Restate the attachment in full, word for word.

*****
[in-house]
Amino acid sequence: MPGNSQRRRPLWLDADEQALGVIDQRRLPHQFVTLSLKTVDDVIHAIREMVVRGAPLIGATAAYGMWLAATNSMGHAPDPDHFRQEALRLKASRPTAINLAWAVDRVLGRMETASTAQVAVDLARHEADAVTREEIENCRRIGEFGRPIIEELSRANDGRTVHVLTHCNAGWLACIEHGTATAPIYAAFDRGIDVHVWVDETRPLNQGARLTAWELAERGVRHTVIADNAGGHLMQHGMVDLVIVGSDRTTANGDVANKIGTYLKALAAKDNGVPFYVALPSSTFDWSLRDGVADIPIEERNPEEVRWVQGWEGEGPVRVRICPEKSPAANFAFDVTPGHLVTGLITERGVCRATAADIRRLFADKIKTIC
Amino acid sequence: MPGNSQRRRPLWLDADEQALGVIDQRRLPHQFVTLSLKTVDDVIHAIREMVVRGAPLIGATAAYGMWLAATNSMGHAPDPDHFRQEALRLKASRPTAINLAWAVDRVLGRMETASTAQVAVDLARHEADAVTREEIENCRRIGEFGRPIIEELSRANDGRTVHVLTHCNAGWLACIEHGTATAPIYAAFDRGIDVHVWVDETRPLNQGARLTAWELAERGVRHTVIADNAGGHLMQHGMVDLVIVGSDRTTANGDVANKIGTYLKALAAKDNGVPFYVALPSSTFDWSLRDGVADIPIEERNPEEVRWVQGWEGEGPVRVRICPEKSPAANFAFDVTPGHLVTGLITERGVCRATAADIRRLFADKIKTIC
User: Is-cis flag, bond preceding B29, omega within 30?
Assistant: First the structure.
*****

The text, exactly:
[in-house]
Amino acid sequence: MPGNSQRRRPLWLDADEQALGVIDQRRLPHQFVTLSLKTVDDVIHAIREMVVRGAPLIGATAAYGMWLAATNSMGHAPDPDHFRQEALRLKASRPTAINLAWAVDRVLGRMETASTAQVAVDLARHEADAVTREEIENCRRIGEFGRPIIEELSRANDGRTVHVLTHCNAGWLACIEHGTATAPIYAAFDRGIDVHVWVDETRPLNQGARLTAWELAERGVRHTVIADNAGGHLMQHGMVDLVIVGSDRTTANGDVANKIGTYLKALAAKDNGVPFYVALPSSTFDWSLRDGVADIPIEERNPEEVRWVQGWEGEGPVRVRICPEKSPAANFAFDVTPGHLVTGLITERGVCRATAADIRRLFADKIKTIC
Amino acid sequence: MPGNSQRRRPLWLDADEQALGVIDQRRLPHQFVTLSLKTVDDVIHAIREMVVRGAPLIGATAAYGMWLAATNSMGHAPDPDHFRQEALRLKASRPTAINLAWAVDRVLGRMETASTAQVAVDLARHEADAVTREEIENCRRIGEFGRPIIEELSRANDGRTVHVLTHCNAGWLACIEHGTATAPIYAAFDRGIDVHVWVDETRPLNQGARLTAWELAERGVRHTVIADNAGGHLMQHGMVDLVIVGSDRTTANGDVANKIGTYLKALAAKDNGVPFYVALPSSTFDWSLRDGVADIPIEERNPEEVRWVQGWEGEGPVRVRICPEKSPAANFAFDVTPGHLVTGLITERGVCRATAADIRRLFADKIKTIC
User: Is-cis flag, bond preceding B29, omega within 30?
Assistant: First the structure.